Xi Didn't Blink While Fluffing Wall Street; The Party Takes A Bite Out Of Bytedance; Guilt By Marriage; "Cocaine Of The Sea"; Poetry Champion
|Apr 11, 2018|
No commentary today, at a loss for words. Thanks for reading.
The Essential Eight
1. China's Says Xi Didn't Blink Over US Threats
And they did not, lots of wishful thinking and spinning out there....
“I can tell you clearly that China’s announcement of major opening-up measures has nothing to do with the current China-U.S. economic and trade conflicts,” Foreign Ministry spokesman Geng Shuang told a regular news briefing Wednesday in Beijing. “China’s opening up is free from outside interference and the outside world cannot interfere with it.”...
“People who understand the operations of the Chinese government should all understand that the introduction of so many major initiatives requires repeated consideration, thoughtful and careful planning,” Geng said Wednesday. “And it is impossible to make decisions in a short period of time.”
2. Xi Excites Wall Street Again
Will there be a happier outcome this time?
China will start implementing its promised policies to further open up its financial sector to foreign investors by the end of June, with more liberalization measures to follow by the end of the year, People’s Bank of China Governor Yi Gang said Wednesday...
Most of the steps were first announced on Nov. 10 at the end of U.S. President Donald Trump’s state visit to Beijing, in a major reform package that has been seen as a move to address long-standing complaints by foreign companies about limits placed on their access to the country’s sprawling financial market and control over their joint ventures. An announcement on the time frame for the actual implementation of those pledges has been eagerly awaited by investors.
“We will treat foreign companies in the same way as domestic firms,” Yi said. “The market will be open. The performance of companies will depend on their corporate governance and competitiveness.”
When asked whether the government would be willing to see foreign banks acquire Chinese lenders, Yi said, “We are actually leaving open this possibility once we lift the equity ownership cap.”
The so-called Shanghai-London Stock Connect program will come after Beijing moved in recent years to allow global investors to trade on its two domestic stock markets, Shenzhen and Shanghai, via similar trading links with Hong Kong. Those trading links have enabled billions of dollars to flow between Hong Kong and mainland bourses each day.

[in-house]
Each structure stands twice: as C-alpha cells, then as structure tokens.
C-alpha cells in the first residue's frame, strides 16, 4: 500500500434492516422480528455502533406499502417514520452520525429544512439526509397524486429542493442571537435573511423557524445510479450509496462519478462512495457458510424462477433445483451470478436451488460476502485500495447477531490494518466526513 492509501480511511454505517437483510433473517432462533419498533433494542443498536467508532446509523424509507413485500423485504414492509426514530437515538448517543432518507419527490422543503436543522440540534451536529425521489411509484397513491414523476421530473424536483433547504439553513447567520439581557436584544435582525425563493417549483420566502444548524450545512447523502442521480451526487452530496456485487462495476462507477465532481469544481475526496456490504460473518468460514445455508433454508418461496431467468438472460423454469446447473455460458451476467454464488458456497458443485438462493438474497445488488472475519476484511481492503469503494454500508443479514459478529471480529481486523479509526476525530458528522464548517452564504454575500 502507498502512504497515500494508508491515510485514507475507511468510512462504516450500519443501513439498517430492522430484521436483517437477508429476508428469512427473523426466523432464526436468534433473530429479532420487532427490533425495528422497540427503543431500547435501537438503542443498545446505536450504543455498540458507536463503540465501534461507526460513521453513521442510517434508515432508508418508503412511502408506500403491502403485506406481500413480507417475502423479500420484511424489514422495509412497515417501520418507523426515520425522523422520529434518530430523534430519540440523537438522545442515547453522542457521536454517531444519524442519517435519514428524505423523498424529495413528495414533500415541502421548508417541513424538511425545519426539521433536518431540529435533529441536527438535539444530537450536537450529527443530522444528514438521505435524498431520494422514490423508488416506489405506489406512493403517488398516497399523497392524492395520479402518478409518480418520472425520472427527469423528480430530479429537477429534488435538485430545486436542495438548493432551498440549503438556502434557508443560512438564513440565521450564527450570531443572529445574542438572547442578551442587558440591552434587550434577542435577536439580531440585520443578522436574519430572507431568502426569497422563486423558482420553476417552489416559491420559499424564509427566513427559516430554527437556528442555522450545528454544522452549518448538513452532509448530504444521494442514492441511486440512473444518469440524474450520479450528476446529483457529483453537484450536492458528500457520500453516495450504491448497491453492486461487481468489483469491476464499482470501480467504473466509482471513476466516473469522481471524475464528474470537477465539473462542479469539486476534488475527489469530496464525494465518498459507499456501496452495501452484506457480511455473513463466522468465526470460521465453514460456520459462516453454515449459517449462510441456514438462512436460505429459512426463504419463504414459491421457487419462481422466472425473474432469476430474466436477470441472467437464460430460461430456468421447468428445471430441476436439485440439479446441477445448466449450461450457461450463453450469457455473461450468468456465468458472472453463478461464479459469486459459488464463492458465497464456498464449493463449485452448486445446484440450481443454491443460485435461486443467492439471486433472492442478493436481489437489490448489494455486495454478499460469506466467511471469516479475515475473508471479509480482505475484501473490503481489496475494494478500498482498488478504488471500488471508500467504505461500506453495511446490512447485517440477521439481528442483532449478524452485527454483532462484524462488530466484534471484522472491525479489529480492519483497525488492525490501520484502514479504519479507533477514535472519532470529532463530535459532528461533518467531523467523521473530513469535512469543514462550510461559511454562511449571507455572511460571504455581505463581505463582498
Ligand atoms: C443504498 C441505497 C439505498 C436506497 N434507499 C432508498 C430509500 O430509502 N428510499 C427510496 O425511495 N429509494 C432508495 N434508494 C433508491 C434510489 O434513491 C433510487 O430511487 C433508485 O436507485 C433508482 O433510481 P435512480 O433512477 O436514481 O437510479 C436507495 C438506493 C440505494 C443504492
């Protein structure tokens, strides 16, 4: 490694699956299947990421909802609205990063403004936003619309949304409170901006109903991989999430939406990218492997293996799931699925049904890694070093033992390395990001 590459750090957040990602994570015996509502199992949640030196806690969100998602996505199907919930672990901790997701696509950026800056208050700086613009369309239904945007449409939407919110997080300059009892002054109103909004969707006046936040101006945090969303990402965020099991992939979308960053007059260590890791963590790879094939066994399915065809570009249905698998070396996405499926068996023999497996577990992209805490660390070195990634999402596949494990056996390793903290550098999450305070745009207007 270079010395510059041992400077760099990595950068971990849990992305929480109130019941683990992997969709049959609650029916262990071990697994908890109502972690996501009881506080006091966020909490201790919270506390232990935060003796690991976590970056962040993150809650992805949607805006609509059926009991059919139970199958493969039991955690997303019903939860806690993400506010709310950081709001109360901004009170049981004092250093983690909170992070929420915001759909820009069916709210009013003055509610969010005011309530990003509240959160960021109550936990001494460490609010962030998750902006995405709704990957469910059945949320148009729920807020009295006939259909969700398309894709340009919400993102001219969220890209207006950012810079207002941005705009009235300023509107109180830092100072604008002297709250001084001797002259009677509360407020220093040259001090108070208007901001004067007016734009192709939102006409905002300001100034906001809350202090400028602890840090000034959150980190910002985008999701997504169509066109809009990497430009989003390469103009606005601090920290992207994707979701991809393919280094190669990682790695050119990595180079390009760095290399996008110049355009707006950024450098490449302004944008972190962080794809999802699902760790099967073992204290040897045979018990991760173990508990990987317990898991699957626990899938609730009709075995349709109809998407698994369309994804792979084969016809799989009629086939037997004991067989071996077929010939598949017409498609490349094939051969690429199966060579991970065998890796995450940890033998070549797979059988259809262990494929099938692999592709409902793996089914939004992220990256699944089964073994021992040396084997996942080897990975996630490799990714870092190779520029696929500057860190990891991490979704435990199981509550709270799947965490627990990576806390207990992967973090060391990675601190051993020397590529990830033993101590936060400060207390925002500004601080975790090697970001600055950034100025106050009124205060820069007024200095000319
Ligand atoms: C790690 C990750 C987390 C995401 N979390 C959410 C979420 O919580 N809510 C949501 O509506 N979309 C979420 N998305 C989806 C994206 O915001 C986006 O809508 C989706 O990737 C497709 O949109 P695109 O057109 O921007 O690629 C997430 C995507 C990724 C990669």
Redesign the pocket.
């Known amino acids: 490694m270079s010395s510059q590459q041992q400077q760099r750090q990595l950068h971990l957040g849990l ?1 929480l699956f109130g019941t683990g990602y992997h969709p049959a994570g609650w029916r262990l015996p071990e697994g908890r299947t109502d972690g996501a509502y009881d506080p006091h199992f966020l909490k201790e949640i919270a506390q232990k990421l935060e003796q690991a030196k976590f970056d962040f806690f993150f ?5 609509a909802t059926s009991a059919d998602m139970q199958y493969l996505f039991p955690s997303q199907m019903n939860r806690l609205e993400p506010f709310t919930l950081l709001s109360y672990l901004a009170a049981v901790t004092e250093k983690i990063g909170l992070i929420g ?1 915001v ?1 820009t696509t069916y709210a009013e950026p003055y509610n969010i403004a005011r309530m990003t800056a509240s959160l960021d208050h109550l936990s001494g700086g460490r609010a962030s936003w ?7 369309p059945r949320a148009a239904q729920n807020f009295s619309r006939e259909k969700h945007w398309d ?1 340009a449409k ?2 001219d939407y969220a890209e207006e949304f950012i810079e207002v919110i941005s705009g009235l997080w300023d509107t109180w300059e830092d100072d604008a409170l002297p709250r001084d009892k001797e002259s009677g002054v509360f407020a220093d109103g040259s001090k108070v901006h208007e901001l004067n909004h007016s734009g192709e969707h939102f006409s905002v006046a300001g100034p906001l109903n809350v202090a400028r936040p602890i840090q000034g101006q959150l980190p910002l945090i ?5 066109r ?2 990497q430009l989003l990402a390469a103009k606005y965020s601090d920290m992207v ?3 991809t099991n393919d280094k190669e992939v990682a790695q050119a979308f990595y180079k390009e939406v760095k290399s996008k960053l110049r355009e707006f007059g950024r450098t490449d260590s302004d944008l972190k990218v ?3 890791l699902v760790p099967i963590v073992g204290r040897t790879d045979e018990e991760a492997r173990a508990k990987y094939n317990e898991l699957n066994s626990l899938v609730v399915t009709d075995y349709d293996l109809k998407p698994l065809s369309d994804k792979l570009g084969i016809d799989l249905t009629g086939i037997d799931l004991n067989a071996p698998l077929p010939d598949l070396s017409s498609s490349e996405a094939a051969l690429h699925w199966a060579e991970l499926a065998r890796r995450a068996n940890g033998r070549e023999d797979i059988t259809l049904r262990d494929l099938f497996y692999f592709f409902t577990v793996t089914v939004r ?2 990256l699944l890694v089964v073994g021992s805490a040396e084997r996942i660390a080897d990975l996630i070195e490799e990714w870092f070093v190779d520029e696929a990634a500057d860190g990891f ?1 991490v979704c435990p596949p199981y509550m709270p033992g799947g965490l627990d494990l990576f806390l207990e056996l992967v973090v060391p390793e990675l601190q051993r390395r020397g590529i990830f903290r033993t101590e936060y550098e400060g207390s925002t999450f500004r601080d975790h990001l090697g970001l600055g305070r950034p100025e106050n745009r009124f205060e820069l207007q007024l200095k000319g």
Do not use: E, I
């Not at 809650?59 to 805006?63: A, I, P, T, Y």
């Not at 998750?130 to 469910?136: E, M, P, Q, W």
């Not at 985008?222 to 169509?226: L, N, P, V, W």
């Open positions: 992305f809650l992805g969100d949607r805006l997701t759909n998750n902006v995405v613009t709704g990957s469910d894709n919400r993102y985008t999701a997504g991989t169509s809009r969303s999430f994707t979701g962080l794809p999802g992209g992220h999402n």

Global investment banks have long been sidelined in one of the world’s fastest-growing financial markets, where caps on ownership of local joint ventures have stymied their expansion. For firms such as Morgan Stanley and Citigroup Inc., which have securities JVs in China, the relaxed restrictions mean they may soon be able to operate on equal footing with domestic competitors.
3. The Party Takes A Bite Out Of Bytedance As Internet Controls Tighten
Readers of Sinocism know I have been saying for a while that the inclusion of "Core Socialist Values" in the Constitutions was a clear sign that we would see increasing censorship. And as big and rich as these Internet firms and their founders are, in the eyes of the Communist Party they are just peasants who need to be regularly reminded of their proper place in the Party's order of things.
The CEO of China’s most popular online-content provider said he was “sincerely sorry” for launching a product that “collides with core socialist values,” after the country’s media regulator ordered the closure of one of the company’s joke-sharing apps.
“Over the last few years, we have put efforts into expanding our business but lagged behind in building up a filtering system to ensure only positive information has been distributed,” Zhang Yiming of Beijing Bytedance Technology Co. Ltd. said in statement on Wednesday.
The apology came one day after the State Administration of Press, Publication, Radio, Film and Television ordered Bytedance’s joke-sharing app, Neihan Duanzi, shut down indefinitely.
Zhang's abject apology is remarkable. He says Bytedance will strengthen its Party construction work and strengthen its adherence to the four consciousnesses among other things...
The shutdown was only the latest blow for Bytedance, one of the world’s most successful technology start-ups. Just a day earlier, its flagship app, a popular news aggregator called Jinri Toutiao, was pulled from app stores for unspecified reasons.